Drone and model aircraft requirements for visitors to the UK from overseas

If you want to use your drone or model aircraft in the UK, you must follow the UK regulations for flying a drone or model aircraft. In most cases, you’ll need to get a UK flyer ID and operator ID.

Operators and their responsibilities

The following information describes the core responsibilities of the operators of drone and model aircraft (unmanned aircraft). While this will help you understand the minimum requirements, you must take necessary steps to inform yourself and make appropriate decisions about your responsibilities as an operator.

Who an operator is

The operator is the person or organisation that organises and manages how a drone or model aircraft is used.

They are legally accountable for the safe management of the aircraft and must decide the necessary level of preparation, training, planning and oversight for the conditions and circumstances of flights. This includes flights they carry out themselves or that are carried out by anyone else using the operator’s aircraft.

Relationship with pilot (flyer) responsibilities

The pilot is responsible for carrying out the flight safely within the management framework set out by the operator.

Operators must make sure they have effective management oversight for all flights using their aircraft.

Core operator responsibilities

Operators must take reasonable, proportionate and common-sense steps to manage the risks associated with any flight.

In the Open Category, operators must:

  • be aware of and comply with the law relating to safe and legal operations
  • make sure that anyone flying under their operator ID is sufficiently competent to undertake the operation safely and legally
  • make sure that flyers have planned ahead and will carry out flights safely and legally
  • keep any software on the drone or model aircraft up to date, including any information on airspace restrictions
  • make sure pilots are aware of any airspace restrictions
  • in the case of class marked drones or model aircraft, make sure the class mark is not removed
  • apply the appropriate level of experience, skills and resources to manage safety risks effectively; the more complex or risky a proposed operation is, the more extensive and detailed the planning and oversight of the proposed operations must be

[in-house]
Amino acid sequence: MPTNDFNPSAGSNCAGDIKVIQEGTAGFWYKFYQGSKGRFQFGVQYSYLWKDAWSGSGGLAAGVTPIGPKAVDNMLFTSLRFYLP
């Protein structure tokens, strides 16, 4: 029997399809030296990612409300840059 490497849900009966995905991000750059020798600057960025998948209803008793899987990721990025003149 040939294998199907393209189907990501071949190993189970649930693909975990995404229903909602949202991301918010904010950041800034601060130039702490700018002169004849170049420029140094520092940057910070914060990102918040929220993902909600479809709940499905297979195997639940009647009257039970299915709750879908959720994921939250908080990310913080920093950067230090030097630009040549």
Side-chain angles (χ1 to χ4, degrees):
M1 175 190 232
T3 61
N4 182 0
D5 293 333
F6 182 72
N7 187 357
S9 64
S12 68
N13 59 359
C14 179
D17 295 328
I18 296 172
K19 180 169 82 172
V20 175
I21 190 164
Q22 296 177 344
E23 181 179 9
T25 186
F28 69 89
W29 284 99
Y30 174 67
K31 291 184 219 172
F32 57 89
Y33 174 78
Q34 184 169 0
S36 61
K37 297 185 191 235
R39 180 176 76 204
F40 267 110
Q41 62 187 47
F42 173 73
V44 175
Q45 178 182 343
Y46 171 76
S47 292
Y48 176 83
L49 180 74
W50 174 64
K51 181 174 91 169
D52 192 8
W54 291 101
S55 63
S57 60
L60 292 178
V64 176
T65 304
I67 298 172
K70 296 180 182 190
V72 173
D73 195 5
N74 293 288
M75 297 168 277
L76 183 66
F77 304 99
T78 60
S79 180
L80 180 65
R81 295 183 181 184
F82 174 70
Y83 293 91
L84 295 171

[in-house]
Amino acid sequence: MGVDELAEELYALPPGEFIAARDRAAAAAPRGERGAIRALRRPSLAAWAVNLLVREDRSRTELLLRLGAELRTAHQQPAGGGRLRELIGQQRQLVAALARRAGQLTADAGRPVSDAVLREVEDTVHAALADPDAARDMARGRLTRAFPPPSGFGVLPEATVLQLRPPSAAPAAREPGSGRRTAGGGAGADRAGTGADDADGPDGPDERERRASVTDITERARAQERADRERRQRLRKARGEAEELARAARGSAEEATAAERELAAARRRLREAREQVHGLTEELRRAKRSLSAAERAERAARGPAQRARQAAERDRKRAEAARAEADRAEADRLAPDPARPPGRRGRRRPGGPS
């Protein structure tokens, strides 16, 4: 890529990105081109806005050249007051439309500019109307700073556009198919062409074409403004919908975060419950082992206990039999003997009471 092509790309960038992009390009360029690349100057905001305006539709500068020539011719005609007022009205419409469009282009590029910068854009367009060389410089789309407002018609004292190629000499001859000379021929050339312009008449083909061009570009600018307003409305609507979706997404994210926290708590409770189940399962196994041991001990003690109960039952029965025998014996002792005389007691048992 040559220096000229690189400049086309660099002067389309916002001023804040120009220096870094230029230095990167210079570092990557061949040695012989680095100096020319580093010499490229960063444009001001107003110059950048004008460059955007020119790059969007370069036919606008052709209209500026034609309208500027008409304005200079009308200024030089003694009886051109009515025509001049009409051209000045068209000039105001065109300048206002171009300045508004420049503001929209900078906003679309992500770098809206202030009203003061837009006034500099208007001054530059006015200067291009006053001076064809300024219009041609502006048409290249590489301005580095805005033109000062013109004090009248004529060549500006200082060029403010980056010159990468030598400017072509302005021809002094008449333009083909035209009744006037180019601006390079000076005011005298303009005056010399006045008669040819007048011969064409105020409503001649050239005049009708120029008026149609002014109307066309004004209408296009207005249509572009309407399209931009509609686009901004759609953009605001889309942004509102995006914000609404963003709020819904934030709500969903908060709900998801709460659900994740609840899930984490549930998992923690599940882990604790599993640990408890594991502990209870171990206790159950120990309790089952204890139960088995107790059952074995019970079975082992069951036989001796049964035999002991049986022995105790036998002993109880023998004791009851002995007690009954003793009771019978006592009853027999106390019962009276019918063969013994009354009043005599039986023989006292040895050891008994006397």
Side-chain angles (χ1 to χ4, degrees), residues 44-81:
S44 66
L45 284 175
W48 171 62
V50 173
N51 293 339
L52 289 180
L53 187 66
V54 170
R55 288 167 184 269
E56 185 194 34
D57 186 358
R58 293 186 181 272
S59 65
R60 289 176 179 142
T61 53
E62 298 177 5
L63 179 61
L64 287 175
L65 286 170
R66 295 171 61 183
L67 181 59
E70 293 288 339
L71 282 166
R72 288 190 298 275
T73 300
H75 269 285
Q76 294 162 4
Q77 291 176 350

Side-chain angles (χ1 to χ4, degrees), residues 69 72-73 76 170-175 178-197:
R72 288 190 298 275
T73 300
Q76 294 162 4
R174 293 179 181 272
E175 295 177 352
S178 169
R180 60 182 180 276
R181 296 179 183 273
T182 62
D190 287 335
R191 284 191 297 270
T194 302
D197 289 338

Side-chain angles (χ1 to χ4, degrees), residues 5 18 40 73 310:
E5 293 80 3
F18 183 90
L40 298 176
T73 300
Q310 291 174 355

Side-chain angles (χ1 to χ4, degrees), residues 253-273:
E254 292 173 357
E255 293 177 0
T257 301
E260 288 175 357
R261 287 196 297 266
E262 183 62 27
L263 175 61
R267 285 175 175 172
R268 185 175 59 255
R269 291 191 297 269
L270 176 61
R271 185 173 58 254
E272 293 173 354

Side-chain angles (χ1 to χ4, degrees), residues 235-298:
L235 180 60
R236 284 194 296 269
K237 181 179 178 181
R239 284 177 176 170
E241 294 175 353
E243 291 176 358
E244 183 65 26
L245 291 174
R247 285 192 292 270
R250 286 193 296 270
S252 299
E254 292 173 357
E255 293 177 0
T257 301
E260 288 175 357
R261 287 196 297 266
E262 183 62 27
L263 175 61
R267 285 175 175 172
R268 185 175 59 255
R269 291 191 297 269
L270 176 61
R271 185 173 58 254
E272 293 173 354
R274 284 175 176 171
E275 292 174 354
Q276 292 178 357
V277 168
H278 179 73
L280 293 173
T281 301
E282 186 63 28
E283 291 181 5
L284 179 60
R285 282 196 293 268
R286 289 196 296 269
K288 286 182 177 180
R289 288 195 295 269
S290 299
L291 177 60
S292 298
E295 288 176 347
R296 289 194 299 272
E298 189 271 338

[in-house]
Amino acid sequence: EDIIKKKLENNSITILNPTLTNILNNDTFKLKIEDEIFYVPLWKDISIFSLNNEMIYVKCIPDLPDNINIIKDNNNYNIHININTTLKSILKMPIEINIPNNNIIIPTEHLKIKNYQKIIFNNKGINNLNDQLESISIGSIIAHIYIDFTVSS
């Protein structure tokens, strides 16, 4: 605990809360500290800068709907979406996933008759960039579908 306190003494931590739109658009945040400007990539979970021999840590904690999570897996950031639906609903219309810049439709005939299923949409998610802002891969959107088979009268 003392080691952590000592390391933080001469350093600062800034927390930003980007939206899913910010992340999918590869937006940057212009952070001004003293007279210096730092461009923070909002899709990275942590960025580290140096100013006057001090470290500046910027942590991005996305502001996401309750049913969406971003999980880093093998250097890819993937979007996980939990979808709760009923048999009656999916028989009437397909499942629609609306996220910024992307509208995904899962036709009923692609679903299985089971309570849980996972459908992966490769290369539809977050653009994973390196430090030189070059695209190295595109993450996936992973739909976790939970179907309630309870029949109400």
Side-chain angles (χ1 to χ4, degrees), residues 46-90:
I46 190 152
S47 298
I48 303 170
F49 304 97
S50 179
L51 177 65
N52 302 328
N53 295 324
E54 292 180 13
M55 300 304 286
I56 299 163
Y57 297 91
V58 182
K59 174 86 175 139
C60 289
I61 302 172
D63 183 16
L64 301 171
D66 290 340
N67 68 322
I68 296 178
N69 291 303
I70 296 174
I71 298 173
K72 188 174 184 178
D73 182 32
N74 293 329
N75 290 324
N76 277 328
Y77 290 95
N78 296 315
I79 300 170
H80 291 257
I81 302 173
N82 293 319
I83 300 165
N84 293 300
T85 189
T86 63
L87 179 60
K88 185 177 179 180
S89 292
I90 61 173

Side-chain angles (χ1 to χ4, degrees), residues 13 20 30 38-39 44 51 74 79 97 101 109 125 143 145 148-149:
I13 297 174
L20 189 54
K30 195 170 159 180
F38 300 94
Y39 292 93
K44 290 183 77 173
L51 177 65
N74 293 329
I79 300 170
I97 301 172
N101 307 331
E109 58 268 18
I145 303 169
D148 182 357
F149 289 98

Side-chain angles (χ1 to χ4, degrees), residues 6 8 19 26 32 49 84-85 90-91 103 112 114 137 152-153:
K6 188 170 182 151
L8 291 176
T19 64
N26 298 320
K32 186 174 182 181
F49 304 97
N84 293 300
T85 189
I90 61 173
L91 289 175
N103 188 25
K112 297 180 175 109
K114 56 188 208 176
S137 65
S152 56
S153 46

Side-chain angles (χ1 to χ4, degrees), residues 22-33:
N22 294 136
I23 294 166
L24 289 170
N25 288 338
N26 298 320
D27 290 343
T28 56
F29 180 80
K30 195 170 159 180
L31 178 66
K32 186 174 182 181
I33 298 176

Basic actions

  • Read the instruction manual carefully.
  • Register as an operator (this is a legal requirement for all drones or model aircraft weighing 250g or over; and for all drones or model aircraft with a camera, apart from toys).
  • Label your aircraft with your operator ID.
  • Look after your aircraft to ensure it is in safe working condition to fly.
  • Where required, insure the aircraft or make sure the correct insurance cover is held.
  • Carefully decide when and where your aircraft will be flown.
  • Carefully decide who may fly your aircraft.
  • Ensure the remote pilot is competent to carry out the flight safely and legally.
  • Plan your flight carefully to minimise risk and reduce the chance of something going wrong.

Police enforcement

The Police are responsible for taking enforcement action when it is believed that the requirements of the law have not been met.

Depending on the circumstances, this action could be taken against the operator, remote pilot, or both.

Clubs and associations and the role of operator

For a club or association to undertake the role of operator with its members as remote pilots, the club or association would need to have considerable management oversight of its members' aircraft. We think this would be hard to achieve in practice.

Since the legal identity of the operator must be clear, organisations or clubs without a formal legal status are unlikely to be able to meet the operator requirements.